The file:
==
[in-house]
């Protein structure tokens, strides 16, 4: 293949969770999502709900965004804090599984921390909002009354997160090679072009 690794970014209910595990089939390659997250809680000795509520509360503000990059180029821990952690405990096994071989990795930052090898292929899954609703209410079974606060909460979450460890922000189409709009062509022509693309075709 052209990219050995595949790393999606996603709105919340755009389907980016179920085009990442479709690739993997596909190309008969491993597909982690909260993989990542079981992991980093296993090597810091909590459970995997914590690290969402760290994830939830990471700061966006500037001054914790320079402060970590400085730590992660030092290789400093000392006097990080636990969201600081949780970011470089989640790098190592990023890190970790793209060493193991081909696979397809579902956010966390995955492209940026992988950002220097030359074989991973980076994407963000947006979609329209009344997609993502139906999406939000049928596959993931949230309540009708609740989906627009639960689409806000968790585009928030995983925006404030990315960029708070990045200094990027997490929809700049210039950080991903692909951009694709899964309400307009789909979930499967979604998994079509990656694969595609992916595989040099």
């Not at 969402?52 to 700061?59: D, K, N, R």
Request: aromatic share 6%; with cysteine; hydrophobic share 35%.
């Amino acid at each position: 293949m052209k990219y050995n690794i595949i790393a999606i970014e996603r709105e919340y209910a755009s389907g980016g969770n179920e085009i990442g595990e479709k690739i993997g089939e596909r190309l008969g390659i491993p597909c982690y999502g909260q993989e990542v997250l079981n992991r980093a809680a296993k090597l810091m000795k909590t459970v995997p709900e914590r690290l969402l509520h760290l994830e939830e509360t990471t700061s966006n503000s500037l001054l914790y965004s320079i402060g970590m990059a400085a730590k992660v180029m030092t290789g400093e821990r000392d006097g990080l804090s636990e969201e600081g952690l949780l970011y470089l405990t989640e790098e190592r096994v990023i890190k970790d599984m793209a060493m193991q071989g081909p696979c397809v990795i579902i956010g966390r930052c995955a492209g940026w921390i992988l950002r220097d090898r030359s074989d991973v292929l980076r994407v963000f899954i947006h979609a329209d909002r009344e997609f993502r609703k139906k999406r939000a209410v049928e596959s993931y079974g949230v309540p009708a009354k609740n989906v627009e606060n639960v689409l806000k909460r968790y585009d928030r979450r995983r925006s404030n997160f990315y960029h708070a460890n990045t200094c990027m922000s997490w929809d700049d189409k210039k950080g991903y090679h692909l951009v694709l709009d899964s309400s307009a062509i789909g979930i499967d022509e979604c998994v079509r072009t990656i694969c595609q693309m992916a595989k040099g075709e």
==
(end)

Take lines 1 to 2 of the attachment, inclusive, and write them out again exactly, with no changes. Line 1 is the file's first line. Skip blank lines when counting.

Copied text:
[in-house]
């Protein structure tokens, strides 16, 4: 293949969770999502709900965004804090599984921390909002009354997160090679072009 690794970014209910595990089939390659997250809680000795509520509360503000990059180029821990952690405990096994071989990795930052090898292929899954609703209410079974606060909460979450460890922000189409709009062509022509693309075709 052209990219050995595949790393999606996603709105919340755009389907980016179920085009990442479709690739993997596909190309008969491993597909982690909260993989990542079981992991980093296993090597810091909590459970995997914590690290969402760290994830939830990471700061966006500037001054914790320079402060970590400085730590992660030092290789400093000392006097990080636990969201600081949780970011470089989640790098190592990023890190970790793209060493193991081909696979397809579902956010966390995955492209940026992988950002220097030359074989991973980076994407963000947006979609329209009344997609993502139906999406939000049928596959993931949230309540009708609740989906627009639960689409806000968790585009928030995983925006404030990315960029708070990045200094990027997490929809700049210039950080991903692909951009694709899964309400307009789909979930499967979604998994079509990656694969595609992916595989040099």